Tomlinson, 26, started 24 of 30 games in his first two seasons with Detroit. He entered the 49ers’ starting lineup in Week 2 and every game for the remainder of the season.

The 49ers appear to have four starting positions set along the offensive line, with Tomlinson and tackle Joe Staley on the left side. Veteran center Weston Richburg is slated to start at center, while rookie Mike McGlinchey is settling in at right tackle.

Joshua Garnett, Jonathan Cooper and Mike Person will compete at right guard during training camp, which opens on July 25.

Rookie LB Fred Warner is setting the tone for 49ers, but he might be a little too loud

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AP

Rookie LB Fred Warner is setting the tone for 49ers, but he might be a little too loud

When the 49ers selected inside linebacker Fred Warner of BYU in the third round of the draft, it was easy to see how he fit into the team's plan with the degree of uncertainty surrounding Reuben Foster.

While Foster remained away from the team’s offseason program for five weeks, Warner felt a need to get up to speed quickly if he was needed to be a starter for Week 1 of the regular season. Warner said he was determined to learn as quickly as possible at whatever position he lined up.

“They want consistency over a guy who can make a play here and there,” Warner said on The 49ers insider Podcast. “Because if you’re a liability and you’re out there missing assignments, stuff like that, that’s going to get you cut. You have to be able to retain this information very quickly and be able to produce on the field and put a good product out there. That’s the biggest thing.”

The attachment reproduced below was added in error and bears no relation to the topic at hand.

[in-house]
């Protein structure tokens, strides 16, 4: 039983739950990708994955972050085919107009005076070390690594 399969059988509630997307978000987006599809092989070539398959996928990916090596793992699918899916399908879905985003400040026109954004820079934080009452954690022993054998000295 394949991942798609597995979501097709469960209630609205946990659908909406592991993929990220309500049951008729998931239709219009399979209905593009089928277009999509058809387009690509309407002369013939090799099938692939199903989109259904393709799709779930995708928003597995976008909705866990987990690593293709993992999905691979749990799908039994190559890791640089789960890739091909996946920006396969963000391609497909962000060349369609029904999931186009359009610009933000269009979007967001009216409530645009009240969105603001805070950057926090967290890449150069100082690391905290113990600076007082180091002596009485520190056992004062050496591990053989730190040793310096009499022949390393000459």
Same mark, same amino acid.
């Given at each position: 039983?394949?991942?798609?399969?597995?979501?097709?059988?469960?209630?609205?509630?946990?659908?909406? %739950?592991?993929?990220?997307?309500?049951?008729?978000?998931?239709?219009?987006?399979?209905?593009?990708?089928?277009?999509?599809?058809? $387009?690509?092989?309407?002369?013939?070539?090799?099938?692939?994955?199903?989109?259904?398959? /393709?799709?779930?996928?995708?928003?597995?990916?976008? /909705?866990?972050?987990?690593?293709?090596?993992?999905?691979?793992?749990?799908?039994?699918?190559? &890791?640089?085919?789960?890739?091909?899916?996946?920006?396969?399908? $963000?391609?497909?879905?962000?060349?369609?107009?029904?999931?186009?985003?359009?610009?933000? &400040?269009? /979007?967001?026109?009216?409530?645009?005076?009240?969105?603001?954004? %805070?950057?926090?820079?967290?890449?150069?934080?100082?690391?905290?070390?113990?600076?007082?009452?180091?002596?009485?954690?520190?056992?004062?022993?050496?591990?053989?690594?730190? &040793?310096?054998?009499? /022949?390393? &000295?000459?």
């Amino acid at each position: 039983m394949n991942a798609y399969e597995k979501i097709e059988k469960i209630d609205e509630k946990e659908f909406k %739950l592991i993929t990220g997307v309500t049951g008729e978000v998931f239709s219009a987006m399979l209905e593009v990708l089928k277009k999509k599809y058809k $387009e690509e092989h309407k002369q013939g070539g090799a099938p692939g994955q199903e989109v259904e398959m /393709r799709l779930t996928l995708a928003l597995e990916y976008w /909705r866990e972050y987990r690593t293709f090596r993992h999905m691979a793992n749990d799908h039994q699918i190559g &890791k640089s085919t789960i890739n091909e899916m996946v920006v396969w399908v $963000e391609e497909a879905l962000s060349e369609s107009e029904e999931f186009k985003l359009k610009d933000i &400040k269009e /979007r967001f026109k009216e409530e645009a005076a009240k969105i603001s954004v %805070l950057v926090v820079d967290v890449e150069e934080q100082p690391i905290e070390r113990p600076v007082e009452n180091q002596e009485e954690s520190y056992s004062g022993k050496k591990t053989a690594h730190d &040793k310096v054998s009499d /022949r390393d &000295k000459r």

The 49ers consider the middle linebacker (mike) and weakside linebacker (will) positions as nearly interchangeable. The major difference is the mike position is the player who communicates in the huddle. Malcolm Smith is lining up with the first team at mike, while Foster is at will. Warner is leading the second team at mike.

Foster joined the 49ers’ offseason for the final four weeks after a judge dismissed two felony charges of domestic violence. Warner knew all about Foster, the player, before meeting him as a teammate.

“He’s a very physical player, and something I didn’t know about him that I know now, he’s probably the smartest guy in the room,” Warner said. “This dude has the memory of an elephant. He doesn’t have to write notes down. He just retains things very quickly. And I think that’s what allowed him to play at such a high level as a rookie last year, aside from his physical talent.”

Warner has also learned a lot from Smith, who played six NFL seasons before sitting out last year with a torn pectoral.

“We’ve worked after practice on man coverage on tight ends and running backs.,” Warner said. “Even though that might not be something we touch on in practice or a meeting, he just wants to touch on that with me because he said, ‘If you can do this, you can play on any team in the NFL.’ “

One of the few critiques of the rookie during the offseason program is that Warner, who said he was a quiet kid as a youngster, has been a little too loud.

“He’s very smart and he plays like it on the field,” 49ers coach Kyle Shanahan said during the first week of OTAs. “He doesn’t hesitate. He’s a rookie out there, but he’s calling the plays maybe even too loud because I can hear him from the offensive side. But, he doesn’t mind speaking up. He’s confident in what he’s doing.”

Warner said he wanted to win the confidence of his teammates, so that might have contributed to his increased decibel level.

“I want to make sure that when I get in that huddle and I’m talking to these guys, that they know that I know what I’m doing and I’m ready to go,” Warner said. “I’m the one who’s going to set the tone in the huddle before the play even happens.”